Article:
Reunions '00: Reliving Great Memories - Y Magazine
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Alumni Report

Reunions ’00: Reliving Great Memories

reunion '00

The 1980 “Miracle Bowl” football team gathered for a reunion during Homecoming 2000.

By Todd Michaelis, ’90

THE score: Brigham Young University 46, Southern Methodist University 45.

The dramatic conclusion to the “Miracle Bowl,” which once commanded sports headlines, has faded to a memory. But for 39 players from that year’s team, the sweetness of that victory 20 years ago was rejuvenated at a Homecoming 2000 reunion.

“Reunions are designed to bring back the spirit that was felt while attending BYU,” says DyAnn Houston, administrator of alumni activities. More than 1,250 people came to BYU in October 2000 to reminisce with fellow alumni.

Memories came flooding back to Ray M. Linford, an offensive tackle for BYU in the 1980 Holiday Bowl, when he saw a replay of the game’s final play. “There I was watching myself on the big screen blocking and blocking this guy who was determined to get to Jim [McMahon]. With the help of his teammates, Jim got the pass off that won the game,” Linford says. Verlyn Linford, Ray’s wife, remembers the intense emotions that night. “All I could do was cry when we won. The feelings are just as strong now.”

As members of the 1980 Miracle Bowl football team reunion committee, Ray and Verlyn spent months planning the event but said they had not expected many alumni to come.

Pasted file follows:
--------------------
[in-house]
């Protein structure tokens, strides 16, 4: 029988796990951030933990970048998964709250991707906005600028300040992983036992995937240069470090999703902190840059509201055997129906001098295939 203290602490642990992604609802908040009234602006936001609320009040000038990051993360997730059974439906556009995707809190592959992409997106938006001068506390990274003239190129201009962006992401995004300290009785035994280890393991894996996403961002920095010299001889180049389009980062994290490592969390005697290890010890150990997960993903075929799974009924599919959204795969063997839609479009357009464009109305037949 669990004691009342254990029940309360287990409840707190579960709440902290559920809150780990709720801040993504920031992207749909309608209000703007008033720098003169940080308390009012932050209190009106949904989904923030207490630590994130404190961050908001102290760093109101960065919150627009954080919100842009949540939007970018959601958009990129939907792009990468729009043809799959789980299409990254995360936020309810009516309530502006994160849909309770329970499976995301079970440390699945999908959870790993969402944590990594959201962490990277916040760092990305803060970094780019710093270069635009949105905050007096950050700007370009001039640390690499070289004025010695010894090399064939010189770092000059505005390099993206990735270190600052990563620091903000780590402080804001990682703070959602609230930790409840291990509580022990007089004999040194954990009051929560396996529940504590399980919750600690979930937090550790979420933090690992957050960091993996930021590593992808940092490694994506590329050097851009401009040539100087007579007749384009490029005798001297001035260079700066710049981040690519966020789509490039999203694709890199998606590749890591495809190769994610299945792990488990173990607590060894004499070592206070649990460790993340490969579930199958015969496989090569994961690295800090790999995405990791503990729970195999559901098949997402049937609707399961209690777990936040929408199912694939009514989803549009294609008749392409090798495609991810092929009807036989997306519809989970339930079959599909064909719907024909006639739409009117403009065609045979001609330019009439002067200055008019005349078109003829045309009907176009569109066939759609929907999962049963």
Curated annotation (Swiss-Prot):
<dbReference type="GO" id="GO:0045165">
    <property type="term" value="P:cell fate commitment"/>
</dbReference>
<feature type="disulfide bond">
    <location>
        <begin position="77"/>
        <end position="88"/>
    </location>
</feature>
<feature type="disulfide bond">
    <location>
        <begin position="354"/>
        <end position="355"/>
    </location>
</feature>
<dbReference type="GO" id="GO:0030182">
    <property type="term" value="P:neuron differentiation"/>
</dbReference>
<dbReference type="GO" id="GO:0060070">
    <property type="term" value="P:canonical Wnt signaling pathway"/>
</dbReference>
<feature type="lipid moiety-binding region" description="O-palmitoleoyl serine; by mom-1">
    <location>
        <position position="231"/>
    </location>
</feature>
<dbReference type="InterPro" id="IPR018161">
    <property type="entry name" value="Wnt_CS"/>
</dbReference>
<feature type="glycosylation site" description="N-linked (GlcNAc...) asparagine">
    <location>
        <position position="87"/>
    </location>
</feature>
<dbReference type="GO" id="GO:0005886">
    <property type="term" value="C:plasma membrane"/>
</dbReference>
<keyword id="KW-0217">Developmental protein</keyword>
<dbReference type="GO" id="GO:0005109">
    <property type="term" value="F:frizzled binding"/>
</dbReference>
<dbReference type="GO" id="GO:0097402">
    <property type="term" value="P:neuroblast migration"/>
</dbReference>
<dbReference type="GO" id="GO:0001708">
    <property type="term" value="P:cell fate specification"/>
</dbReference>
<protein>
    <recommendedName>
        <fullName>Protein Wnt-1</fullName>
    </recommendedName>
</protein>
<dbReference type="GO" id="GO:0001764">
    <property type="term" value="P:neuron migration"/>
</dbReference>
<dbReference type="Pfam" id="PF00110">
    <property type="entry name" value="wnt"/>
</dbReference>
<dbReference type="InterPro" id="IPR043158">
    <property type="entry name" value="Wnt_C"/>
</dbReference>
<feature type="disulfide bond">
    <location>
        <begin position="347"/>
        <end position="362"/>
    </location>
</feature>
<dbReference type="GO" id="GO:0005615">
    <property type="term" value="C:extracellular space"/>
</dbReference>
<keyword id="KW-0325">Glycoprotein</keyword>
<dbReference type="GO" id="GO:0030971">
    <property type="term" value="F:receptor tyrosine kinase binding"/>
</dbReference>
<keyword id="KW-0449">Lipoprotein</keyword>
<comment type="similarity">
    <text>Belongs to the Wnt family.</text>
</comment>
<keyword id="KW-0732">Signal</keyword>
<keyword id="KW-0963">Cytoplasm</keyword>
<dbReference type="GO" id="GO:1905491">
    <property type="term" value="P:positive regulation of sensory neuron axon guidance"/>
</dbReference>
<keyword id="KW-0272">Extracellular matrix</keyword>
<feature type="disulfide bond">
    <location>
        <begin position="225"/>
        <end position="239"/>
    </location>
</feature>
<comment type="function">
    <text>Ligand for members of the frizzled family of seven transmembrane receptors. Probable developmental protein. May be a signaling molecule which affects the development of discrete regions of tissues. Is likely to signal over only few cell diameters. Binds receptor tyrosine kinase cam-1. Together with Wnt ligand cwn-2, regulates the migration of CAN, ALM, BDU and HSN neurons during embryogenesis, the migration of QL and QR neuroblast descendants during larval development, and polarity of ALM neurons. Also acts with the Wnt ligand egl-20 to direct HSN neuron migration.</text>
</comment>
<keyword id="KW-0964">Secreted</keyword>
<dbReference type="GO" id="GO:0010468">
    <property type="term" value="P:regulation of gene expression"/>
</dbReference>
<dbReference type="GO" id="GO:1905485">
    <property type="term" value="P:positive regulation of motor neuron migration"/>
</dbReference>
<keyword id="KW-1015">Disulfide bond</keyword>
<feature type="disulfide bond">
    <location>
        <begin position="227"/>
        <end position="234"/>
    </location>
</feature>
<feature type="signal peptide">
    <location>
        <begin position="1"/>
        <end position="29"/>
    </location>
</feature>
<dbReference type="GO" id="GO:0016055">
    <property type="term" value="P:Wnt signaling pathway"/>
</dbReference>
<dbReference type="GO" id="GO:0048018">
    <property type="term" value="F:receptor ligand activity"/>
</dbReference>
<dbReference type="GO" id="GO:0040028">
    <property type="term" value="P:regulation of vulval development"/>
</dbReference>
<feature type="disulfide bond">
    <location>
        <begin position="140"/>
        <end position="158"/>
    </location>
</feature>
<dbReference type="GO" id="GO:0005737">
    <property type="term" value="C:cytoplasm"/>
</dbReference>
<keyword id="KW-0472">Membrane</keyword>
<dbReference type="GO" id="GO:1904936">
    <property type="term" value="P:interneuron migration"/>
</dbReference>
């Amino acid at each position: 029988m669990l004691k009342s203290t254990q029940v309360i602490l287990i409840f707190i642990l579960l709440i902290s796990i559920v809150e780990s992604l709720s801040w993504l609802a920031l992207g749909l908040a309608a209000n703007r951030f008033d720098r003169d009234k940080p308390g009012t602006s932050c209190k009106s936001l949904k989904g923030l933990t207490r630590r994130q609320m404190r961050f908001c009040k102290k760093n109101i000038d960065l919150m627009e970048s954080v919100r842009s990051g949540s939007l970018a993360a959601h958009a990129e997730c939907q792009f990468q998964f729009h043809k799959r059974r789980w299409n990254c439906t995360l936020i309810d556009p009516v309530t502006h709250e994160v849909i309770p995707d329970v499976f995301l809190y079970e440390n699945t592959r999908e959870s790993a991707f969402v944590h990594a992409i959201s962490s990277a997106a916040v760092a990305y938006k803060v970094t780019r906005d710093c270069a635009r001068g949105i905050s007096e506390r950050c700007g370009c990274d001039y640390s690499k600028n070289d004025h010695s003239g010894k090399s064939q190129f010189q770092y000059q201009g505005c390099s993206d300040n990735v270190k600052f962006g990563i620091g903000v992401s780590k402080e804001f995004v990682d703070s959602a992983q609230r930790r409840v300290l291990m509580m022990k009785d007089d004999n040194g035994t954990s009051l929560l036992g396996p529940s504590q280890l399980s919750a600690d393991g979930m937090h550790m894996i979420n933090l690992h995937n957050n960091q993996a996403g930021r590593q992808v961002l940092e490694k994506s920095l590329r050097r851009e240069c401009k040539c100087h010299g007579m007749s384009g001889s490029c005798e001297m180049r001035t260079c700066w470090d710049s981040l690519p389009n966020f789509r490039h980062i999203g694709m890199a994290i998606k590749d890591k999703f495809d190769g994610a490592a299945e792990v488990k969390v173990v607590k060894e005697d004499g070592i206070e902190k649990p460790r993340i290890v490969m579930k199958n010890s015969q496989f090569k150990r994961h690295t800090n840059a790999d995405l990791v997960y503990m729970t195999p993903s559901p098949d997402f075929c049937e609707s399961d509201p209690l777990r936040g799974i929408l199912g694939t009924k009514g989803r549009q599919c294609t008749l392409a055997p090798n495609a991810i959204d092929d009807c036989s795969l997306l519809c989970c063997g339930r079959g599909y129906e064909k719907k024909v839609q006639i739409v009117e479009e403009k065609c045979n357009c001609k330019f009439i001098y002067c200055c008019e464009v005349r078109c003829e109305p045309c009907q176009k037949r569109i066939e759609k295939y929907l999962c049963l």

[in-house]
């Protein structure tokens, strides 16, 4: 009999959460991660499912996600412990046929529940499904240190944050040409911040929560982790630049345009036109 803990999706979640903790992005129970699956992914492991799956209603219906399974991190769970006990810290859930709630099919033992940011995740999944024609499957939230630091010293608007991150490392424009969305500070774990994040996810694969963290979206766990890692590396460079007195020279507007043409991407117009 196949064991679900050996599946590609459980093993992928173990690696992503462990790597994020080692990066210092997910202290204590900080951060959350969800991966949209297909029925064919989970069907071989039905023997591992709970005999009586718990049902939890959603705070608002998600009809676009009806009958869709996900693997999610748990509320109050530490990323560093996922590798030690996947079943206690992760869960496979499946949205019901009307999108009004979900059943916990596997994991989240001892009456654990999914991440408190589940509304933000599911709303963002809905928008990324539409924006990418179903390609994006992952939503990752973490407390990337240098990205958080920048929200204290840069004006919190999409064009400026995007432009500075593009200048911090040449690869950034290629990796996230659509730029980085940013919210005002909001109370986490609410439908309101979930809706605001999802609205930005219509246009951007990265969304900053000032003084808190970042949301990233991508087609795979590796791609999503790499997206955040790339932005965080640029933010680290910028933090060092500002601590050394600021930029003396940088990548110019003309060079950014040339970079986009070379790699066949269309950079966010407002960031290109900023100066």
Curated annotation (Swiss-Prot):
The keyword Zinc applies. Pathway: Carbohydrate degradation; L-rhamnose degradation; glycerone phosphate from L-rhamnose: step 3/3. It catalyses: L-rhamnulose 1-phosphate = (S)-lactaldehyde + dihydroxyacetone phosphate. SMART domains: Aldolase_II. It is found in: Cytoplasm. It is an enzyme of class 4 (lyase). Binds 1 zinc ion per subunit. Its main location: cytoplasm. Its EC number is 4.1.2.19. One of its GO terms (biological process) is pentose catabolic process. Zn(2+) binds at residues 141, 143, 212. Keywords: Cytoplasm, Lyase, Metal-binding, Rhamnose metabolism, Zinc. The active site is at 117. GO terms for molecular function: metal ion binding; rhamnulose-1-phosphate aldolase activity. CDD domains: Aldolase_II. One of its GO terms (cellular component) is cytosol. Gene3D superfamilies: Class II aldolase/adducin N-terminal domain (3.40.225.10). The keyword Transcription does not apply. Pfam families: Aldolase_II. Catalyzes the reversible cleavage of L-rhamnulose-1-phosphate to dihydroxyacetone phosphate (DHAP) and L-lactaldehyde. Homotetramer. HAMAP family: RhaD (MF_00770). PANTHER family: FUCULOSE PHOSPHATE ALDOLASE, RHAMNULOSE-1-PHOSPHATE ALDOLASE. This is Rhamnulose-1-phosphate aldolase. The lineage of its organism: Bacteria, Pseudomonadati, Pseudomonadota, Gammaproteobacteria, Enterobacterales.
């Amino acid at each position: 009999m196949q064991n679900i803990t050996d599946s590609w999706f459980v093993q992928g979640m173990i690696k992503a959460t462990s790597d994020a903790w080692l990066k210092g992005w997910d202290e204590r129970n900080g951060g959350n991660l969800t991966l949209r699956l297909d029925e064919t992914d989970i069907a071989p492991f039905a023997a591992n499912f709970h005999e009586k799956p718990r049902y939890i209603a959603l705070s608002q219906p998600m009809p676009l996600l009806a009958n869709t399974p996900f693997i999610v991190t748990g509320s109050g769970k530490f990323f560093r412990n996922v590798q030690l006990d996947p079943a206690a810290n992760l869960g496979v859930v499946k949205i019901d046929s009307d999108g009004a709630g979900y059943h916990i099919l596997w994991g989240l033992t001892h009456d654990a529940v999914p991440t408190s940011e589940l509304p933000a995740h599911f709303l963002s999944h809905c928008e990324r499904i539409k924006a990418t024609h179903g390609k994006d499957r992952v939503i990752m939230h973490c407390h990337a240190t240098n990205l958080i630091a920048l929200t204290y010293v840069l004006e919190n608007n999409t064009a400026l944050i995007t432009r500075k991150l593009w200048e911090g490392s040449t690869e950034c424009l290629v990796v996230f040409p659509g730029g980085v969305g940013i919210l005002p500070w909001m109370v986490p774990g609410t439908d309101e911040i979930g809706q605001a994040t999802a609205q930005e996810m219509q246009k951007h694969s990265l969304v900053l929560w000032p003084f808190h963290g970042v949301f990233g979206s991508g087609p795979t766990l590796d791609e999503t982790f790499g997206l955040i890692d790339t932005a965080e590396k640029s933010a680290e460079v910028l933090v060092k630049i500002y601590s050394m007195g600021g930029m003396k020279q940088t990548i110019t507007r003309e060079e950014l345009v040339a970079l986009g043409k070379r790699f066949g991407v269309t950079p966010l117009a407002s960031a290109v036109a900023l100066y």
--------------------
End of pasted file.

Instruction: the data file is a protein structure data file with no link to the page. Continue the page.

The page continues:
“I was amazed at who walked through the door,” Ray says. “Players, coaches, trainers, and even the equipment manager came. They, too, wanted to relive the miracle that took place Dec. 19, 1980.”

The Miracle Bowl team, however, was just one of the groups that reunited during Homecoming 2000. And for many the memories stretch further back than 20 years. David A. Schulthess, ’50, reflects on his graduation year: “It was a good time, there was simplicity. There were only five buildings on upper campus. The mode of transportation was walking. If a fella had a car, he had many friends.” Schulthess sees reunions as an opportunity to talk with classmates and to learn about where people are and what they are doing. He notes that a sobering aspect of reunions is becoming aware of those who are no longer living. “This draws those who are still alive even closer,” he adds.

Whether by witnessing the “miracle” catch of the 1980 Holiday Bowl, renewing old acquaintances, or just strolling through campus, reunions 2000 gave alumni a chance to reexperience their days at BYU.